Strengthening and rehabilitation of steel bridge girders using CFRP laminates
by Abd-El-Meguid, Ahmed Sabri, Ph.D., THE UNIVERSITY OF ALABAMA AT BIRMINGHAM, 2008, 232 pages; 3339088

Abstract:

While traditional retrofitting methods for steel bridge girders could be time consuming and uneconomical, an alternative repair method is suggested using Carbon Fiber Reinforced Polymers (CFRP) laminate strips, providing engineers with a competitive solution that will increase the life-cycle of repaired bridges. This study investigated its feasibility as an option to strengthen and rehabilitate steel bridges. The main advantages of using CFRP laminates are their light weight and durability, which results in ease of handling and maintenance.

The dissertation conducted experimental and analytical work to evaluate the effectiveness of strengthening steel beams by the use of novel CFRP laminate strips configurations. The research involved the testing of five experimental composite beams, in addition to the development of approximately 100 finite element models. The results showed a significant gain in the beam’s elastic and ultimate capacities. The conclusion is that there are specific sensitive parameters controlling the effectiveness of the CFRP laminate rehabilitation technique. An adequate AASHTO design of the rehabilitation method, which takes into consideration the effective parameters, would result in an effective bridge structure.

Keywords: CFRP, Steel Beams, Bridge Girders, Rehabilitation, Strengthening, Finite Element Modeling, ABAQUS, SAP 2000, Design Guidelines

 
AdviserTalat Salama
SchoolTHE UNIVERSITY OF ALABAMA AT BIRMINGHAM
SourceDAI/B 69-12, Mar 2009
Source TypeDissertation
SubjectsCivil engineering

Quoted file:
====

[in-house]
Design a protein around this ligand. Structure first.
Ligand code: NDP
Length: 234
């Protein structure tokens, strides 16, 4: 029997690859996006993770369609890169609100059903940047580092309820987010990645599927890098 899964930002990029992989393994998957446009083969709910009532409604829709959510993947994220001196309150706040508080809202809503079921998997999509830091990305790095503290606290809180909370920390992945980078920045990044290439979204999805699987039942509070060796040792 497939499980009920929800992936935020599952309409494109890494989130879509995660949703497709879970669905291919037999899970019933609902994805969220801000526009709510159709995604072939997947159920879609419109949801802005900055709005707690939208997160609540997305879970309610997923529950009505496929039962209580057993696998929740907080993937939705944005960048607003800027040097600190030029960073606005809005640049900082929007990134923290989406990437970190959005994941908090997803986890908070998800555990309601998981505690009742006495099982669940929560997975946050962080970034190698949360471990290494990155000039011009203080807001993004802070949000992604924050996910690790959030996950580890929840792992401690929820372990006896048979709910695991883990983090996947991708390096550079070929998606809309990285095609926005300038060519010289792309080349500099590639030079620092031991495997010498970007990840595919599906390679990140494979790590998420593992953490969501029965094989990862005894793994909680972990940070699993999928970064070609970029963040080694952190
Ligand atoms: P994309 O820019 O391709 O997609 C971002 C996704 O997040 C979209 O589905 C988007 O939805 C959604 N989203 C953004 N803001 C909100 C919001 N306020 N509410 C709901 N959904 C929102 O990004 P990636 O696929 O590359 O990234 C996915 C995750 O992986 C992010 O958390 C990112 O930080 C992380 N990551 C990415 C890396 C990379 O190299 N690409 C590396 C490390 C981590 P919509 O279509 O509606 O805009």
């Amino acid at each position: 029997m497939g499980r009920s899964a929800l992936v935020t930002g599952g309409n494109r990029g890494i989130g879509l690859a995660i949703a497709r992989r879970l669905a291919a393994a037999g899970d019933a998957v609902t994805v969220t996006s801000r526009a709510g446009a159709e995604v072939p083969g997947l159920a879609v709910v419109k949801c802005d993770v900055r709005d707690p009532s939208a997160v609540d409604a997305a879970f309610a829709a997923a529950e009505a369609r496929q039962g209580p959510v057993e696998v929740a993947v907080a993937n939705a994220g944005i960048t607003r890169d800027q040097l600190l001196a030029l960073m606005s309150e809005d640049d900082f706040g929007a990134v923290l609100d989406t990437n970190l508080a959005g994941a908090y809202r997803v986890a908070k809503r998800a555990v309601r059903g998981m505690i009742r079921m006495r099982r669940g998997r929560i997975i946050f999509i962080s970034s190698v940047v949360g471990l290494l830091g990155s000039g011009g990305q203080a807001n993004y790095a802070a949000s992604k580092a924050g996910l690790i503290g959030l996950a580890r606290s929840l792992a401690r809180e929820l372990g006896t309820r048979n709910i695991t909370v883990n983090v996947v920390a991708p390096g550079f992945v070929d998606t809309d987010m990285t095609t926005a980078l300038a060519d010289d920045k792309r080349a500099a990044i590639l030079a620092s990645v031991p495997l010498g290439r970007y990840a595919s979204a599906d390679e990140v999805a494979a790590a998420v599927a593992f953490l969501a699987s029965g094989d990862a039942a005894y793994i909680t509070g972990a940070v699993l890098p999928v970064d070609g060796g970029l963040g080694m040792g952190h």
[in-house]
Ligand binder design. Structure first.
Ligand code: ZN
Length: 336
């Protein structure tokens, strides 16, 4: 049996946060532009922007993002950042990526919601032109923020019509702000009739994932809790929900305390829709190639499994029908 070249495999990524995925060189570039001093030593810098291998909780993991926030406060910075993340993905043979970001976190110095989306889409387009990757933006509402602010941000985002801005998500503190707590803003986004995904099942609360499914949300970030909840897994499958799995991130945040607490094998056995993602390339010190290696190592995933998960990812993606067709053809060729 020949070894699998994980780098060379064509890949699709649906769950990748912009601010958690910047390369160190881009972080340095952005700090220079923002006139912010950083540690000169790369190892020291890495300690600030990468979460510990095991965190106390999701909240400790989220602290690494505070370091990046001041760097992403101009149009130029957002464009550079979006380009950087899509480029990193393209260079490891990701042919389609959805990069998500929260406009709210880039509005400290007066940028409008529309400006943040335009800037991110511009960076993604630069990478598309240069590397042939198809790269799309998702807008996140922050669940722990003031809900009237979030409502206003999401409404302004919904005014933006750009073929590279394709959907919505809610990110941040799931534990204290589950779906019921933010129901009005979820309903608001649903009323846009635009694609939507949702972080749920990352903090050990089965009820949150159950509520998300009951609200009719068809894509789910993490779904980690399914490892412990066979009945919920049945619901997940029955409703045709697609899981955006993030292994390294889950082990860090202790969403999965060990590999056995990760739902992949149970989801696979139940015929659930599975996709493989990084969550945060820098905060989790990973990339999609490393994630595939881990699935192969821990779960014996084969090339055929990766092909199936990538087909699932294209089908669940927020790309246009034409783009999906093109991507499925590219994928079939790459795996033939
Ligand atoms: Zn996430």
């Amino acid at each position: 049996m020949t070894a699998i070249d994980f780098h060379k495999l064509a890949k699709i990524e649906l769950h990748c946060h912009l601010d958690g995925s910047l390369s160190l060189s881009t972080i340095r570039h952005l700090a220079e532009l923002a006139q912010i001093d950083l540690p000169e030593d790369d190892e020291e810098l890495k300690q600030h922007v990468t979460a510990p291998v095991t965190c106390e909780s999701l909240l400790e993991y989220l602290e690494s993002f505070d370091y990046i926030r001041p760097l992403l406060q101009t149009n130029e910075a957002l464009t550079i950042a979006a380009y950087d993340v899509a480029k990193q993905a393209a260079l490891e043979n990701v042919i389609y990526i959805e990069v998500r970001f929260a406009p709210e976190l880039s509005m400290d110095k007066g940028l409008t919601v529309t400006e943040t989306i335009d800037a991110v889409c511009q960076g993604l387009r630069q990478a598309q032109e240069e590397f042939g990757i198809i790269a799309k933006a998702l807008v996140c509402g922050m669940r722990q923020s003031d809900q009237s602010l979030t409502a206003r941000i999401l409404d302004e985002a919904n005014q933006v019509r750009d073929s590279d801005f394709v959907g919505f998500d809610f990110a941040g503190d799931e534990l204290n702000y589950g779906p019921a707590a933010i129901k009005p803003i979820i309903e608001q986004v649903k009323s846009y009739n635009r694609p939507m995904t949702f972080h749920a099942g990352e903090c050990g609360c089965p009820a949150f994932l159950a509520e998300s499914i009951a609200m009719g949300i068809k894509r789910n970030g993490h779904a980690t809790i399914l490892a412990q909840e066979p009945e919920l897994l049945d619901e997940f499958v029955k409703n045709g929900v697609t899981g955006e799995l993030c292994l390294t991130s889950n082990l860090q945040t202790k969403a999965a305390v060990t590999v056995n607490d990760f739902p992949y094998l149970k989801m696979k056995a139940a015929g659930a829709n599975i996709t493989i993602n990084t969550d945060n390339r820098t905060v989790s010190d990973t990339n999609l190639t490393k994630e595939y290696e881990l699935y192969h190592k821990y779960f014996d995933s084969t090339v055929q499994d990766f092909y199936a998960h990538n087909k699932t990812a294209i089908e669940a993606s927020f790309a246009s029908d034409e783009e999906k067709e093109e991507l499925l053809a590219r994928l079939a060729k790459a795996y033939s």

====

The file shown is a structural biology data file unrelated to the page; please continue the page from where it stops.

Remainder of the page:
Publication Number3339088
Adobe PDF Access the complete dissertation:
 

» Find an electronic copy at your library.
  Use the link below to access a full citation record of this graduate work:
  http://gateway.proquest.com/openurl%3furl_ver=Z39.88-2004%26res_dat=xri:pqdiss%26rft_val_fmt=info:ofi/fmt:kev:mtx:dissertation%26rft_dat=xri:pqdiss:3339088
  If your library subscribes to the ProQuest Dissertations & Theses (PQDT) database, you may be entitled to a free electronic version of this graduate work. If not, you will have the option to purchase one, and access a 24 page preview for free (if available).

About ProQuest Dissertations & Theses
With over 2.3 million records, the ProQuest Dissertations & Theses (PQDT) database is the most comprehensive collection of dissertations and theses in the world. It is the database of record for graduate research.

The database includes citations of graduate works ranging from the first U.S. dissertation, accepted in 1861, to those accepted as recently as last semester. Of the 2.3 million graduate works included in the database, ProQuest offers more than 1.9 million in full text formats. Of those, over 860,000 are available in PDF format. More than 60,000 dissertations and theses are added to the database each year.

If you have questions, please feel free to visit the ProQuest Web site - http://www.proquest.com - or call ProQuest Hotline Customer Support at 1-800-521-3042.